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Gillian Rolton Award

The Gillian Rolton Award is a prestigious prize, which comes in the form of a HeroGram, awarded to the female* Australian Olympic athlete who, in the opinion of the judges, shows the greatest disregard for pain, injury, and the expert advice of the medical establishment in her quest for an Olympic medal.

(* male athletes are eligible instead for Bill Roycroft Award)

But before announcing this year's winner, let us first recap the former winners:

Atlanta, 1996
Gillian Rolton (Equestrian)


During the cross country event, Gillian Ralton fell from her horse, Peppermint Grove, and broke two of her ribs. She immediately remounted Peppermint Grove and continued. Perhaps because of the pain, for which she could, of course, take no painkillers, Gillian fell again, this time breaking her collar bone. She remounted once more, although every step was agonising and horsemanship was impossible. All she could hope to do was cling on and pray she didn't fall off again while Peppermint Grove made the final 15 jumps of the course. Nonetheless, Peppermint Grove carried home his injured rider, who never lost faith that he would. Gillian's ride won herself and her team the Gold Medal.


Sydney, 2000
Lauren Burns (Taekwondo)


In the pursuit of excellence in her sport, Lauren Burns received a number of notable injuries, including a broken nose. She had pins inserted in her fingers and underwent reconstructive surgery on both legs. In the final of the 48kg Division, Lauren took a low blow from her Cuban opponent that left her staggering with pain. She refused to give in, and continued the bout. In the second half, she took a second kick in the groin. In excruciating pain, she continued her Gold Medal fight, which she went on to win 4-2, her country's first ever medal in the new sport of Taekwondo.


Salt Lake, 2002
Alisa Camplin (Aerial Skiing)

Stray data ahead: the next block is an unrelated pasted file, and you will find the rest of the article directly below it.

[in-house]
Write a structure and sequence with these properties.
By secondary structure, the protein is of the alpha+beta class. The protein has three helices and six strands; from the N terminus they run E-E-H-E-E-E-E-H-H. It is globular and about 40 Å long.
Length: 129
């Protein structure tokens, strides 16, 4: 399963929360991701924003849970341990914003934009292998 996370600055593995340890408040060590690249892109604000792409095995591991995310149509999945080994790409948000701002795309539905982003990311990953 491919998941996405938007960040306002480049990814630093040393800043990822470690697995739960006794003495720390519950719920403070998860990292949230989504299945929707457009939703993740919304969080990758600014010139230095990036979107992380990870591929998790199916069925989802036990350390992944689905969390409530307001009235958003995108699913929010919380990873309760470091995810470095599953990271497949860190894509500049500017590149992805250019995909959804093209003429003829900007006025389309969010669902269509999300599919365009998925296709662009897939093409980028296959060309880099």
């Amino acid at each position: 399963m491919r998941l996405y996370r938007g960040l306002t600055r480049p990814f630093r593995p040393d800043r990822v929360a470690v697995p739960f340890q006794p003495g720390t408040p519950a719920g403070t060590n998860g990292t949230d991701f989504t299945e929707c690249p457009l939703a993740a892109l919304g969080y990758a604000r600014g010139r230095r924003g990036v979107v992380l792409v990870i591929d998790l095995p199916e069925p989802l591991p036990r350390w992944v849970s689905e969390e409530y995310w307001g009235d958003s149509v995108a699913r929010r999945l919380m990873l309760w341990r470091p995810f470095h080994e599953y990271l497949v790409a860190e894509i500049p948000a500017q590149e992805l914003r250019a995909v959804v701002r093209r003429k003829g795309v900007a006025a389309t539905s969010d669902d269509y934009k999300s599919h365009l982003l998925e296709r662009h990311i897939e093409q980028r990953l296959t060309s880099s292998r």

Alisa Camplin was spotted at an early age by talent scouts from the Australian Institute of Sport who thought that she could make an Olympic marathon runner, but she was forced to switch to gymnastics due to a disorder that affected the bones of her legs. She then competed in gymnastics at a state level but had to give it up due to stress fractures in her back.

Then in 1994, at age 19, she was spotted skylarking on a trampoline at Melbourne's Exhibition Buildings by Geoff Lipshut (now CEO of the Olympic Winter Institute). At age 19, Alisa had never skied, but she could spin in the air, and had no fear. She never did become an expert skier, but in 1997 Alisa joined Team Buller, home of Jaqui Cooper, with whom Alisa shared a house in Canada.

Alisa's list of major injuries includes a broken collarbone, a broken hand, a separated shoulder, dislocated collarbone and sternum, torn Achilles and no less than nine concussions, the last of which was especially severe and lasted most of 2000. In that year a Canadian doctor who specialised in sports injuries to hockey players advised her to hang up her boots. She did no such thing.

With a faultless performance of a difficult aerial routine, Alisa Camplin won the Gold Medal, her country's first ever for skiing. (Teammate Jaqui Cooper was unable to watch as she was on the operating table at the time.)


Torino, 2006
Alisa Camplin (Aerial Skiing)


Following her winning the Gillian Rolton Award in 2002, Alisa went on to win the 2003 World Championships and 2003 and 2004 World Cup titles. However, in October 2004, she ruptured the anterior cruciate ligament in her right knee during a training water jump working on a new trick, a quadruple-twisting double somersault. Reconstructive surgery followed, forcing her to sit out the 2004 season but she was back jumping again just four months later.

Then, in October 2005, under identical circumstances, she tore her anterior cruciate ligament a second time. It looked like her career (not to mention 2006 Olympic bid) was over. However, radical reconstructive surgery, involving the transplant of ligaments from a dead man, had Alisa back training on the water ramps after just 58 days and back on the road to Turino. Team doctor Peter Braun expressed great nervousness about her chances but Alisa took to spending 12 hours a day in the gym and made it to Turino.

(A teammate, Lydia Ierodiaconou, had similar radical reconstructive surgery last June. Alisa watched as Lydia blew her knee during the Qualifying Round in Turino.)

With two superb jumps, Alisa nailed the Bronze Medal, becoming only the second Australian to win a gold and bronze at the Winter Olympics.

Comments

( 1 comment — Leave a comment )
laruth
19th Aug, 2008 21:59 (UTC)
Ow.
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